Michigan restaurants prepare to open at 25%

Coronavirus

One Well Brewing in Kalamazoo prepares to reopen for indoor dining after being closed for months because of the COVID-19 pandemic. (Jan. 25, 2021)

KALAMAZOO, Mich. (WOOD) — Michigan restaurants will be allowed to open indoor seating on Feb. 1 if they follow rules to prevent the spread of COVID-19.

One Well Brewing is preparing to reopen for dine-in service, according to owner Chris O’Neill.

“The idea of being open, even at 25%, still gives us a good feeling about being able to continue to operate the business,” O’Neill said.

Since WOOD TV8 first spoke with One Well in the spring, the restaurant has improved its outdoor seating and increased take-out operations.

O’Neill says applying for federal assistance through the Paycheck Protection Program was crucial.

“At the beginning, I was not expecting things to last as long as they have and now looking back on it, without PPP, we probably will be in a situation with a lot of, a lot closer to the end as a lot of businesses are right now,” O’Neill said.

The owner says business is still down about 60% to 70% in sales compared with 2019. One Well applied for a second round of federal PPP assistance last week.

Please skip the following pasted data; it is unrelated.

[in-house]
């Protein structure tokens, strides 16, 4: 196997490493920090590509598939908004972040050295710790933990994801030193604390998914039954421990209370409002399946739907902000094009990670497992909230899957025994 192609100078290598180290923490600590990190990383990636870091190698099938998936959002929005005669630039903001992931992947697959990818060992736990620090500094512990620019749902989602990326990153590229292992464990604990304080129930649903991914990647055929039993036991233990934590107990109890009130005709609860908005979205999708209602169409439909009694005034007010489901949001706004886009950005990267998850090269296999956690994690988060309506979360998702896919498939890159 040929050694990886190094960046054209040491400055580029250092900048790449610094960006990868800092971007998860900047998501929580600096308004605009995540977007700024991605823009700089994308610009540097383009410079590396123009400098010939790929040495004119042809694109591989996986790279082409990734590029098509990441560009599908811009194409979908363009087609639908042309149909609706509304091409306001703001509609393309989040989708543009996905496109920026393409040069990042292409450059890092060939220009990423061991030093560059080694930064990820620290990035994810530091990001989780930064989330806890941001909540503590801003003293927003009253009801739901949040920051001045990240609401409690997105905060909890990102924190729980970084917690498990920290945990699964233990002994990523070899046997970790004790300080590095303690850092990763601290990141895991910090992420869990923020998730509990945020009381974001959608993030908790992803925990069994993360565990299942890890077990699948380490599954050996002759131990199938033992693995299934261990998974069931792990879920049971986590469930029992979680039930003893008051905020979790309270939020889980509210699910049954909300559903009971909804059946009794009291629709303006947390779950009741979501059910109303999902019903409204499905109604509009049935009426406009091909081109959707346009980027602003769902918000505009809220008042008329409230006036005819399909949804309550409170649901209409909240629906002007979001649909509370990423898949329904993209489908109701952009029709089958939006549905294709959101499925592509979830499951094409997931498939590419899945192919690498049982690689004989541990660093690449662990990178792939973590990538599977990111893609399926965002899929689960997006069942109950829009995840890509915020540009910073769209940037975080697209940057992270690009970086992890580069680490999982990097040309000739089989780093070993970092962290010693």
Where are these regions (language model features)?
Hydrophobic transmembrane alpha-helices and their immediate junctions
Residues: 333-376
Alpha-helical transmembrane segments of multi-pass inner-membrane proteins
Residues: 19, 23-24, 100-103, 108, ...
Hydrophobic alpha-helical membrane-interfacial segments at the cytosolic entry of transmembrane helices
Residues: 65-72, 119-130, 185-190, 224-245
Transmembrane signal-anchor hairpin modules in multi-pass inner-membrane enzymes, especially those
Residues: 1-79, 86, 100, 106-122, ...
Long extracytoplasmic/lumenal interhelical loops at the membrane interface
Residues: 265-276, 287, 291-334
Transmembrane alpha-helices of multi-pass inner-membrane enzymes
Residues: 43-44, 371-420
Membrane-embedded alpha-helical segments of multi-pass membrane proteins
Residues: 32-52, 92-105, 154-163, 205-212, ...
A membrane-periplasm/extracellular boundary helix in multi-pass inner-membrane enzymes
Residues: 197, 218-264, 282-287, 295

John Schmitt is a senior business consultant for the Michigan Small Business Development Center office in Kalamazoo. As an expert in the restaurant industry, he has advised decision makers in Lansing.

“For the first time in months, we’re now back to reopening. I take this as, overall, a positive message,” Schmitt said.

He hopes restaurants will be able to operate at a higher capacity by the end of February, which might bring back some that have shut their doors in hibernation.

One Well Brewing in Kalamazoo prepares to reopen for indoor dining after being closed for months because of the COVID-19 pandemic. (Jan. 25, 2021)

“I think 50% is the benchmark where restaurants that have been closed will probably wait until they reopen,” Schmitt said.

He says restaurants are coming up with ways to increase the table turnover rate to make the most of 25%.

“I’ve got a couple clients that they’ll take a reservation, you order before you come in to the restaurant online, you order the food and then you come in get you’re cup of coffee or if it’s a dinner place, have a glass of wine and in five or 10 minutes your food is there,” Schmitt said.

Despite the challenges ahead, One Well is staying optimistic, hoping the vaccination rollout will improve and prevent another indoor dining closure.

“I’d like to think we’re on the downside and hope that that’s the positive direction that we keep going,” O’Neill said.

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